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How to Taper Properly and Why it Matters

by Karl Gruber
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No matter if you are an elite athlete, a veteran mid-pack runner or a raw beginner, learning how to taper during the final weeks and days of your training is extremely important. What does “taper” mean in regards to training? Tapering is a progressive decrease in your weekly running mileage, as well as overall exertion and effort. The taper period during your training generally happens over the last three weeks of your program. 
 
Why It Matters
When training for any sport, tapering properly (right up until a goal race or event) may be hard to accept because the mentality of a marathon runner, triathlete, power lifter, cross-country skier, etc. is usually one of all-out competitiveness. How many times have you been on a training run that is scheduled to be an “easy day” when you end up in a friendly but competitive “race” with one of your training partners? This defeats the purpose of the easy day of course, but an athlete’s competitive mentality almost always takes over. 
 
If you look at how a well-designed marathon training program is set-up, it is weeks and months of a long, slow progressive build-up of mileage combined with higher intensity workouts such as intervals, track workouts and shorter distance racing. However, if you continue this pattern right up to your marathon, there’s a good chance that you could end up bonking (a huge decrease in your performance and running ability) during your race. 
 
The goal is to get your cardiovascular and aerobic conditioning to a peak level come race day. In order to be at its peak, your body must have time to rest and recover from such a long and intense energy-zapping period of training. Perhaps the best way to look at this is to use an analogy. 
 
Those longs weeks of increasingly hard running is where you “put money in the bank,” and come race day, it’s all ready to be “withdrawn from your account.”  If you train hard every day until the day before your race, you will end up “withdrawing your money from the bank” too early with nothing left to “spend” on race day.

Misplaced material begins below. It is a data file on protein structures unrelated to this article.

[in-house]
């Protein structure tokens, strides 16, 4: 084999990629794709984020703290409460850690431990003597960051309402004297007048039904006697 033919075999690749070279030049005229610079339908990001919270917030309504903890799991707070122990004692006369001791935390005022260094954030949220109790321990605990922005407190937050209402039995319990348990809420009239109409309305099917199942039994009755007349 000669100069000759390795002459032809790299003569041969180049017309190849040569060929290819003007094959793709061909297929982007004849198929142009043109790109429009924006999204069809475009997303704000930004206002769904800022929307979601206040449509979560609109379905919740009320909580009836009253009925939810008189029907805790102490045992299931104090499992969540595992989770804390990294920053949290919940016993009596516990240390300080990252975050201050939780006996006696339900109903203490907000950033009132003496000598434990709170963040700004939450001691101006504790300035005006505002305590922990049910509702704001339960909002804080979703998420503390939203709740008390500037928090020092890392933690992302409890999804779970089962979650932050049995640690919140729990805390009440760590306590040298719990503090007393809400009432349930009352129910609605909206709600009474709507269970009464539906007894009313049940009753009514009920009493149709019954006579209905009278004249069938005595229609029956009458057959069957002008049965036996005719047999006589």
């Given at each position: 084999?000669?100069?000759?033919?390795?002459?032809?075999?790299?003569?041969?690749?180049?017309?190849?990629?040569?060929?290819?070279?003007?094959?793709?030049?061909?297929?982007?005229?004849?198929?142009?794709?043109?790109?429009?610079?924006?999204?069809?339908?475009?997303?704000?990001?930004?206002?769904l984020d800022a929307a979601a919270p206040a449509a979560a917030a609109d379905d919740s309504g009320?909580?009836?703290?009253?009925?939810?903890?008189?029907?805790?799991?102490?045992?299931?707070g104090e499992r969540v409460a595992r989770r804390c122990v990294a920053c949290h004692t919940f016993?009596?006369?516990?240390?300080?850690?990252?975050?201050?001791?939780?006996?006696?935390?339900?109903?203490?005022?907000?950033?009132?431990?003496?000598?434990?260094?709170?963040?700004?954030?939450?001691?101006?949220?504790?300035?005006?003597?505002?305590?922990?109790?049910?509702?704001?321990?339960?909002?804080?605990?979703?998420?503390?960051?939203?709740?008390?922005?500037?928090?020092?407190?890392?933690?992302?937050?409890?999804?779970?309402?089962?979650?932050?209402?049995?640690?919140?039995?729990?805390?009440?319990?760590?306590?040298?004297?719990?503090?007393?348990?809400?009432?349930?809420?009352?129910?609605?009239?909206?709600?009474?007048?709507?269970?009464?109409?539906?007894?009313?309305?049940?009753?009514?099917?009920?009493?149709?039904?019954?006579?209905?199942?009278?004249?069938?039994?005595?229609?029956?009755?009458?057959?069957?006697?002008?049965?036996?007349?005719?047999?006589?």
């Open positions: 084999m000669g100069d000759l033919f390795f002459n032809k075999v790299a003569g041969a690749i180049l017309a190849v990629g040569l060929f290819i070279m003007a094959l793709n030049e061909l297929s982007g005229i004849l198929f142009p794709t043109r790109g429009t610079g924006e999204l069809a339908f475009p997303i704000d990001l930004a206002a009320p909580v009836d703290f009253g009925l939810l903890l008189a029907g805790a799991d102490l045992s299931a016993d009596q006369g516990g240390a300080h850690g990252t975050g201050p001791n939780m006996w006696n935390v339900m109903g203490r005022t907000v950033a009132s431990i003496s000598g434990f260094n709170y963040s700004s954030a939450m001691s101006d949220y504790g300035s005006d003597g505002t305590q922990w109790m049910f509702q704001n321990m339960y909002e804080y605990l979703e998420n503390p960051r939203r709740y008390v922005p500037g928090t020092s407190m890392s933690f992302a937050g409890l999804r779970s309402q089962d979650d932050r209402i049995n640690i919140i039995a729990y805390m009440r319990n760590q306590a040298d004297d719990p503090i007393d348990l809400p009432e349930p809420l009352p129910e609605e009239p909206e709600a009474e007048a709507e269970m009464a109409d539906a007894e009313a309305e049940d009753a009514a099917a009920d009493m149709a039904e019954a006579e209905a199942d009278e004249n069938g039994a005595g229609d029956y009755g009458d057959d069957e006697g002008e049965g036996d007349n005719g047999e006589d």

Most marathon training programs call for your last long run — usually a 20-miler — three weekends prior to your goal race. You don’t stop running, but you gradually decrease your overall mileage, distance and effort during those final weeks. This progressive decrease allows your body to stay fit and ready, but also to gradually grow stronger, recover and store energy (money-in-the-bank) for race day.
 
How to Taper
Let’s take a look at the marathon program I’ve designed for the running club that I coach. The program is meant for beginners or intermediate marathoners, and looks something like this three weeks out from their race:
 
  • On Monday, I tell them to take the day off or cross-train.
  • On Tuesday, they run five miles at normal training pace.
  • On Wednesday, it’s a nine-mile run.
  • On Thursday, it’s another five miles.
  • On Friday, they get another day off or can cross-train.
  • On Saturday, they rest.
  • On Sunday, it’s their last long training run of 20 miles. 
Two weeks out is a continued decrease of their overall mileage, intensity and effort — until the last week before their marathon: Monday is a day off or cross-training, Tuesday is three miles at moderate pace, Wednesday is six easy miles, Thursday is three very easy miles, Friday and Saturday are both rest days, and then they race 26.2 miles on Sunday!
 
This is a smart way to taper in order to be well-rested and at your strongest yet still super fit and ready to race. When you are toeing the starting line on race morning, you should feel like a racehorse chafing at the bit, raring to go!
 
My club’s marathon training program is by no means special, but it is based on proven programs that I have used and studied throughout my marathon running career. While there are those exceptional runners who are able to train at their peak right up until their race, those runners are truly few and far between. What works for them generally will not work for the vast majority of runners who are more than likely juggling a full-time career, raising a family, etc.
 
So hammer out those miles during training to whip your body and mind to the peak of your abilities, but don’t forget to respect your body’s need to heal, recover and regenerate with tapering so it can give you its best effort come race day!

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